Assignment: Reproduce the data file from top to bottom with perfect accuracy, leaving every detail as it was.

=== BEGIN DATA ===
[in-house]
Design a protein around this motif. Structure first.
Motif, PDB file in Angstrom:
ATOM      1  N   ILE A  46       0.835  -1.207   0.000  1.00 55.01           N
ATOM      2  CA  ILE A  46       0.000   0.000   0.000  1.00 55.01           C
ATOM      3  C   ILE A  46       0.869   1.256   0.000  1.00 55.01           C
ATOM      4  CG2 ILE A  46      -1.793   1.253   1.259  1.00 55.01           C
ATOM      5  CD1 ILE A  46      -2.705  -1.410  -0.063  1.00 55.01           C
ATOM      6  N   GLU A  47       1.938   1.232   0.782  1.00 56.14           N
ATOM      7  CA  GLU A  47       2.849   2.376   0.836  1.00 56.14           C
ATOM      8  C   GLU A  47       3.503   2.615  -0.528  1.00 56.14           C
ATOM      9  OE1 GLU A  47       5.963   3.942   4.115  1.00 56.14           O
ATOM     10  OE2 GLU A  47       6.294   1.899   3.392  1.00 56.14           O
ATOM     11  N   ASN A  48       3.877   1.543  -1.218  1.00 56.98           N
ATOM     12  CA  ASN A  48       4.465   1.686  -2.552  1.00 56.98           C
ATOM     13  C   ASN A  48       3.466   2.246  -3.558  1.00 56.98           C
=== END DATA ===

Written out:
[in-house]
Design a protein around this motif. Structure first.
Motif, PDB file in Angstrom:
ATOM      1  N   ILE A  46       0.835  -1.207   0.000  1.00 55.01           N
ATOM      2  CA  ILE A  46       0.000   0.000   0.000  1.00 55.01           C
ATOM      3  C   ILE A  46       0.869   1.256   0.000  1.00 55.01           C
ATOM      4  CG2 ILE A  46      -1.793   1.253   1.259  1.00 55.01           C
ATOM      5  CD1 ILE A  46      -2.705  -1.410  -0.063  1.00 55.01           C
ATOM      6  N   GLU A  47       1.938   1.232   0.782  1.00 56.14           N
ATOM      7  CA  GLU A  47       2.849   2.376   0.836  1.00 56.14           C
ATOM      8  C   GLU A  47       3.503   2.615  -0.528  1.00 56.14           C
ATOM      9  OE1 GLU A  47       5.963   3.942   4.115  1.00 56.14           O
ATOM     10  OE2 GLU A  47       6.294   1.899   3.392  1.00 56.14           O
ATOM     11  N   ASN A  48       3.877   1.543  -1.218  1.00 56.98           N
ATOM     12  CA  ASN A  48       4.465   1.686  -2.552  1.00 56.98           C
ATOM     13  C   ASN A  48       3.466   2.246  -3.558  1.00 56.98           C